The healing process

It was only a couple of years ago that I realised that even though with my faith in God I was forgiven and had forgiven myself and those directly involved, that there was still unresolved feelings and things to process. It was at a women’s conference that I met a lady who was talking about counselling for post abortion trauma. Something she mentioned triggered me and I had a classic PTSD moment and realised there was more to be dealt with.

After talking with this beautiful lady who shared her story of amazing support and healing, I was offered a sponsorship to attend the next course. The three-day retreat was one of the most profound healing and restorative processes I have encountered in any type of counselling. That is a whole story in itself. From here I realised that there were so many people affected in all the many and varied ways that someone arrives at the abortion clinic and makes a life changing decision. And yes, the pun is intended.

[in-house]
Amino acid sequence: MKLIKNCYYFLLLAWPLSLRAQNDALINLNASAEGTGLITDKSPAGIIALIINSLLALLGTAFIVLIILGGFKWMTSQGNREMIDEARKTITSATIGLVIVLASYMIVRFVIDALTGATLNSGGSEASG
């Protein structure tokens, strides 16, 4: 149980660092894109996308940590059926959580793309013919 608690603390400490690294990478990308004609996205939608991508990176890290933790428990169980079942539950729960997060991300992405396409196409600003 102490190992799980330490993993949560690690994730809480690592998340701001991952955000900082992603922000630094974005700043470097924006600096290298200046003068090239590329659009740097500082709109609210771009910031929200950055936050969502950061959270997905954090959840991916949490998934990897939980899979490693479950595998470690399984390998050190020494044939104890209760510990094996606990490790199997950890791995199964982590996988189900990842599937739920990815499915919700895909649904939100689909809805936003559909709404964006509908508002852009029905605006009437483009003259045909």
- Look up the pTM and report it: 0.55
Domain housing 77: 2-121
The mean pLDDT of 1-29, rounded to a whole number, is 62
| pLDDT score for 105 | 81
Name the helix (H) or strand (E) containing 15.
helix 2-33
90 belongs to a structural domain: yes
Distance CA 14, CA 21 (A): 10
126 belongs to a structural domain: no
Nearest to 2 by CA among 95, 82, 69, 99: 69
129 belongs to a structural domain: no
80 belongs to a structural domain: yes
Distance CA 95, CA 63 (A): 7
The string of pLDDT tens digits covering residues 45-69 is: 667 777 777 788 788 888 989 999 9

Julie and her family today

One life is taken away forever… but many lives can be affected in the process. It affects men, women, children (born and unborn). Many never know what they lost. It affects parents and grandparents and aunties and uncles, sisters and brothers and the mothers and the fathers. In fact, this loss affects the entire world. A future generation is being stolen, and we are being robbed of the unique contribution of each child that should have been born.

After the weekend retreat and the revelation and healing I received, I have been fired up to do more and find a way to educate and empower women and men, to actively promote life, to find ways to make a change that is needed for the benefit of all our futures.

For more information on pursuing healing go to https://notbornyet.com/essential-resources/ – scroll down to Grief Support at the bottom of the page.

If you would like to know how you too can join the Movement for Life and join us to help Australians fall in love with mums and their unborn babies, just click on the link.